The Conservative party illegally collected data on ethnicity of 10 million voters - here’s what that means
The Information Commissioner told MPs that the Conservative Party’s collection of the personal data of 10 million voters around their ethnicity and religion before the 2019 general election was illegal.
Elizabeth Denham said the Conservatives had deleted the data following a recommendation by the Information Commissioner's Office (ICO) in a report last year.
‘Illegal to collect the ethnicity data’
When speaking to MPs on the Digital, Culture, Media and Sport (DCMS) sub-committee on online harms and disinformation, Denham said that it was unacceptable that the party had used people’s names in an attempt to derive their ethnicity and religion.
Denham said: “In our audit work, where we looked at the practices of all political parties, our recommendation was for any kind of ethnicity data to be deleted and the Conversative Party - I’m told and we have evidence that the Conservative Party have destroyed or deleted that information.”
She explained that the Conversative Party had destroyed the information voluntarily following a “recommendation” from her office.
Denham said: “Religion and ethnicity are both - like health information - special category data that requires a higher standard for a legal basis to collect.
“So again, ethnicity is not an acceptable collection of data, there isn’t a legal basis that allows for the collection of that data.”
When asked to confirm if this was illegal, the Information Commissioner said: “It was illegal to collect the ethnicity data and that has been destroyed.”
2019 general election
Before the 2019 general election, the Conservative Party purchased data which estimated a person’s country of origin, ethnic origin and religion, based on their first and last name.
This was applied to the records of 10 million voters.
SNP MP John Nicolson said: “The ethnic and religious profiling of voters by the Tories was always morally and ethically abhorrent. We now know from the Information Commissioner that it was illegal.”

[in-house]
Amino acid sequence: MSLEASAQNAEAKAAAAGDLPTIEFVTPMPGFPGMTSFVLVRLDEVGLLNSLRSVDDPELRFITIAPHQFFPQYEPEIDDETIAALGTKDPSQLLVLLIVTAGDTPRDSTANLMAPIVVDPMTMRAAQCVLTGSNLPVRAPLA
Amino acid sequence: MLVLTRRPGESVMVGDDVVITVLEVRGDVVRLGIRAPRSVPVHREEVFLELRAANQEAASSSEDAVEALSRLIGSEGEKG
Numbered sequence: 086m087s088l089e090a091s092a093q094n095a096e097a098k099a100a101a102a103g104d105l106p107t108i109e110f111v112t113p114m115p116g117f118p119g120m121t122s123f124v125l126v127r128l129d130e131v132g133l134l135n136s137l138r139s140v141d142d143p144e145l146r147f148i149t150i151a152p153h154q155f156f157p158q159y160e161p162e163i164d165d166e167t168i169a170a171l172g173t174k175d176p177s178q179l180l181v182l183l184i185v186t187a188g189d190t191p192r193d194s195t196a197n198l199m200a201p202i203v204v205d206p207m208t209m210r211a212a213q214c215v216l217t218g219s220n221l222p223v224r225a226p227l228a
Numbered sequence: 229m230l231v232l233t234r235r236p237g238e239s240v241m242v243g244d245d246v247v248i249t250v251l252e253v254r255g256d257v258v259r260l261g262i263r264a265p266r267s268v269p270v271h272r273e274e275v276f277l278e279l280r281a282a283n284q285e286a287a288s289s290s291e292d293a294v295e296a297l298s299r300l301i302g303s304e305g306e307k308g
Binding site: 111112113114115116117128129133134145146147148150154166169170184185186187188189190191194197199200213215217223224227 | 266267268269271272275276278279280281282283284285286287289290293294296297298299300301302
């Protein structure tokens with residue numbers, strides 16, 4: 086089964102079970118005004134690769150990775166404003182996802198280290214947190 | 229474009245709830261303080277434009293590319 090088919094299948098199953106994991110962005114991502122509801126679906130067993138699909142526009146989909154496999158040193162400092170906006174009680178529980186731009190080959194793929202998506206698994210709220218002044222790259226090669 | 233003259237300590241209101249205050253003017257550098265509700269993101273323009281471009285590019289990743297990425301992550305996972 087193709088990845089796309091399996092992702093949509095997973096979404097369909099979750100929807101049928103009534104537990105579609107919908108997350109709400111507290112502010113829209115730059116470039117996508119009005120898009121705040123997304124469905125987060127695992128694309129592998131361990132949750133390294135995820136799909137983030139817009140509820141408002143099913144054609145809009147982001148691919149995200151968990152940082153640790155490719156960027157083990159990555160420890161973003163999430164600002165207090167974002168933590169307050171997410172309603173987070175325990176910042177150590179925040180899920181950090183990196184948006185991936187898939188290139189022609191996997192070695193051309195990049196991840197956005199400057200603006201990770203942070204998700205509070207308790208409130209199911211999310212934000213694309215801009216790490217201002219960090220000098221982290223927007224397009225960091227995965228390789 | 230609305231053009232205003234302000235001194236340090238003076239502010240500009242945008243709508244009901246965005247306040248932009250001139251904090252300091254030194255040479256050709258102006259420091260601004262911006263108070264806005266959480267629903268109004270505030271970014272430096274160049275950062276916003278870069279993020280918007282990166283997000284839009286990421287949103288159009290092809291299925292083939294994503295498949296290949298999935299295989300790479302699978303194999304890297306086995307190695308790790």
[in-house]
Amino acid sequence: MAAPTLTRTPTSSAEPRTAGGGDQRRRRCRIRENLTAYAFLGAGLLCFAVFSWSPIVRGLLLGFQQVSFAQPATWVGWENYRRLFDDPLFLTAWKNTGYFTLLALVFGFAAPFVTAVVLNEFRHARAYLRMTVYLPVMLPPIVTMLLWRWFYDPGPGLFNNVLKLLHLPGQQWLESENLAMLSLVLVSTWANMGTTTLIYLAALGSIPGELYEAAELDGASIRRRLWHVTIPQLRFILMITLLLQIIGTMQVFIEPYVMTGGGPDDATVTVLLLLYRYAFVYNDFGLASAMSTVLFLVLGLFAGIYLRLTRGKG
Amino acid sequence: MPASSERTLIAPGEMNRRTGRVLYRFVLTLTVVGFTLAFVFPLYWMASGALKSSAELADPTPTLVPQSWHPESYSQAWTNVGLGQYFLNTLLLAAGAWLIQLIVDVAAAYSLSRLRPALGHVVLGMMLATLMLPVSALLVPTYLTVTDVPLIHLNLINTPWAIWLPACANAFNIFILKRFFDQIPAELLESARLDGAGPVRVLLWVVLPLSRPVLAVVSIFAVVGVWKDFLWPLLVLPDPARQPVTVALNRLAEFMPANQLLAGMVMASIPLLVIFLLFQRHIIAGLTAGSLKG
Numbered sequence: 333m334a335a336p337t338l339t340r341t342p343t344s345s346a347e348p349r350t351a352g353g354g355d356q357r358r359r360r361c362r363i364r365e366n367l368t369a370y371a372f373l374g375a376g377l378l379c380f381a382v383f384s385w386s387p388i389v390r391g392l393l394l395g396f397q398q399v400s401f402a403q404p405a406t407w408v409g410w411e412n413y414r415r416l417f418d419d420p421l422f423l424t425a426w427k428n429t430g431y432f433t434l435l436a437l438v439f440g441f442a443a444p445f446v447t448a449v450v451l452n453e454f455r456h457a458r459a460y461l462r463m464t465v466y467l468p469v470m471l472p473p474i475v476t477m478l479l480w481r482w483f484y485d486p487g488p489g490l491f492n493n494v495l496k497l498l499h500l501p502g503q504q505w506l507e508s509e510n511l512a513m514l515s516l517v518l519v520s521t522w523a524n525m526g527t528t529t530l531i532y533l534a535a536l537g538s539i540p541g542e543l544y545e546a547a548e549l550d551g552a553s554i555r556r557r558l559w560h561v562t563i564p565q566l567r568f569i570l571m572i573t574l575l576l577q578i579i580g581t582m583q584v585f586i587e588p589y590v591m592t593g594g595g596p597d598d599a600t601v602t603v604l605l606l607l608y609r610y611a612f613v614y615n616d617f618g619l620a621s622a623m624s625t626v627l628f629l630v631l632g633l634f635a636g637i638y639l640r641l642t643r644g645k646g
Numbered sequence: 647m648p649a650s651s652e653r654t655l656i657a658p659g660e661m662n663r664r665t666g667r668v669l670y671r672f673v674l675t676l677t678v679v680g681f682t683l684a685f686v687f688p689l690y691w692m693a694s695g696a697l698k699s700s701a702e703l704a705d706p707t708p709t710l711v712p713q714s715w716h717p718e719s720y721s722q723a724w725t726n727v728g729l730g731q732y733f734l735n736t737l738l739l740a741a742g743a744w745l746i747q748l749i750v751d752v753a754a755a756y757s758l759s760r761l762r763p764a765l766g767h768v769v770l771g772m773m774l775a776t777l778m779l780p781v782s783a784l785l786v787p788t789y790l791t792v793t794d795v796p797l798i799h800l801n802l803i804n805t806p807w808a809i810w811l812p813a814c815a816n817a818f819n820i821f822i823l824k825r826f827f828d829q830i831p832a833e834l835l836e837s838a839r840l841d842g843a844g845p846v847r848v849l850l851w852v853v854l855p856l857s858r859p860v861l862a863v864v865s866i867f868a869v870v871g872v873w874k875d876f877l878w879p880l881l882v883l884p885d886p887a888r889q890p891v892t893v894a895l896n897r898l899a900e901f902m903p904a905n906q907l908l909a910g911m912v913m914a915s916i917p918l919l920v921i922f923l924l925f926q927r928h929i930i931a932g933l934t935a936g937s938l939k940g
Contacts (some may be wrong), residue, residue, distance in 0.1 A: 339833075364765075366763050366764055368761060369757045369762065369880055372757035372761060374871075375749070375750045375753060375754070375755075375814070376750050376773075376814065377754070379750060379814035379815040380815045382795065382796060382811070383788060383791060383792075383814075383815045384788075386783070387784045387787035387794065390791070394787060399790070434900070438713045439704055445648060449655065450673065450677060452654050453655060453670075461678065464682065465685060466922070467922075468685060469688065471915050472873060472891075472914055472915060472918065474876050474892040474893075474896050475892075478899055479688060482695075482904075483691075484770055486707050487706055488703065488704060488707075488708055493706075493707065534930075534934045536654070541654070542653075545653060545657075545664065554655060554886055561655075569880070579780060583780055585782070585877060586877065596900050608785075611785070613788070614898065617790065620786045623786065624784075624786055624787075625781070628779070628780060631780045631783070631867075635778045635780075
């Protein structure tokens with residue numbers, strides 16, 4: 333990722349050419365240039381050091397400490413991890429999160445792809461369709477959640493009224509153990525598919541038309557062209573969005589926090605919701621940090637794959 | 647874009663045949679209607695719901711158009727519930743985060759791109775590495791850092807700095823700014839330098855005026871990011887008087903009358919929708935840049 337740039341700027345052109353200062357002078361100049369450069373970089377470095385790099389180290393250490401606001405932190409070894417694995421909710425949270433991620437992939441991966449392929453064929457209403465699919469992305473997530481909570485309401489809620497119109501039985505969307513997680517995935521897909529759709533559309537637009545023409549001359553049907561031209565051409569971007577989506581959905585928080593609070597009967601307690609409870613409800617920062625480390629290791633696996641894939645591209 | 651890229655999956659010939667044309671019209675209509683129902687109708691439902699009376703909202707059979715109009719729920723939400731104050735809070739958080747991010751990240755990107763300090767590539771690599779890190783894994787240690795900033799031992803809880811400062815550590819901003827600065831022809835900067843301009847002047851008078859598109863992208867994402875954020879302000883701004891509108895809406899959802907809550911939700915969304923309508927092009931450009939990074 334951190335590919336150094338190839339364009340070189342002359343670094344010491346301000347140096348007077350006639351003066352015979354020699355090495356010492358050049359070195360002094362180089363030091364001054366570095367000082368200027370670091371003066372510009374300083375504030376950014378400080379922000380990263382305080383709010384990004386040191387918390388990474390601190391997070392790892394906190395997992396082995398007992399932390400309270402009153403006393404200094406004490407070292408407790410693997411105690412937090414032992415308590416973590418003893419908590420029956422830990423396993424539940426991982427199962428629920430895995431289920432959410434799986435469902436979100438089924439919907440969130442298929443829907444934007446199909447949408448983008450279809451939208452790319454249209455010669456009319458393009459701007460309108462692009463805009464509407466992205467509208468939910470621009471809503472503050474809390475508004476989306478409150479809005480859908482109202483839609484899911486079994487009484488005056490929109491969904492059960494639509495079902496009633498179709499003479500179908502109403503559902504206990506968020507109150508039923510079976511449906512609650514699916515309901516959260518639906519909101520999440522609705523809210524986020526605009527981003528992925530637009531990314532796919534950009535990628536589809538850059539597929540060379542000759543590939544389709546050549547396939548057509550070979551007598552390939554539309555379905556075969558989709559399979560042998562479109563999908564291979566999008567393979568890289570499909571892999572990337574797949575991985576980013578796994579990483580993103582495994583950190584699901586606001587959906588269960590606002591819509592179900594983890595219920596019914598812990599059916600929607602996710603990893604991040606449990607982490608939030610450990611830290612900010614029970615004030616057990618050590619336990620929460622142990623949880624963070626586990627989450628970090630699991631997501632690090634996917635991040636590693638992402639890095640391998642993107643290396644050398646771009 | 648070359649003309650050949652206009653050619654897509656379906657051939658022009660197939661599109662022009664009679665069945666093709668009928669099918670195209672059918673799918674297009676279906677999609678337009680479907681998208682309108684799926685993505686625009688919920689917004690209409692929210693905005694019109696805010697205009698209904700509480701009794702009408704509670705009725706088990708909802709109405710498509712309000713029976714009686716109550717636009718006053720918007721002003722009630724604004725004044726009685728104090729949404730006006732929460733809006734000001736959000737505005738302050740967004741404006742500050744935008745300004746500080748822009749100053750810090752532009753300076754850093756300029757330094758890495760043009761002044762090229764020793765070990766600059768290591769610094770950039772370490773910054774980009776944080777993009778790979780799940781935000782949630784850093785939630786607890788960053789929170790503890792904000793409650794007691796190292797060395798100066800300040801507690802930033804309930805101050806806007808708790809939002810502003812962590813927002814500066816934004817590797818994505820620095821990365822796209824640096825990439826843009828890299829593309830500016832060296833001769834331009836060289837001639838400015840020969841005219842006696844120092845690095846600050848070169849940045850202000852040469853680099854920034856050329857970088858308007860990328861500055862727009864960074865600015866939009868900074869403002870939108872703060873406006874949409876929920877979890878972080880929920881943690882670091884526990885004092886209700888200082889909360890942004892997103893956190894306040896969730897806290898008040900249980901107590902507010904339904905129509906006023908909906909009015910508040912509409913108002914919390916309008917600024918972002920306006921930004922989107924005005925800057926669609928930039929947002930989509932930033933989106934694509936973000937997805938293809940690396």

Nicolson added: “Conservative Minister, John Whittingdale, told me on the floor of the Commons that his party had not broken the law. That is wrong.
“I will be writing to him to ask that he withdraw his false claim, acknowledge that the Tories’ ethnic profiling was illegal, and undertake not to break the law again.”
Whittingdale, Minister for Media and Data, told MPs in December 2020 that the “Information Commissioner examined all practices of all political parties and made comments against all of them
“However, it did not find that any breaches of the law had occurred”.
‘Racial profiling of voters was illegal’
Jim Killock, executive director of the Open Rights Group, said: “The Conservative Party’s racial profiling of voters was illegal.
“Elizabeth Debham finally confirmed the unlawful nature of this profiling by the Conservative Party under pressure from MPs on the DCMS committee.
“Yet the ICO still has not explained what parties can and cannot do. Mass profiling of voters continues, even if this data has been removed. The ICO needs to act to stop unlawful profiling practices. That’s their job.”
A Conservative Party spokesperson said: “The Conservative Party complies with all prevailing electoral, data protection and electronic marketing legislation.
“The Party has assisted the Information Commissioner in its review of political parties’ practices and have taken on board the constructive feedback from the review.”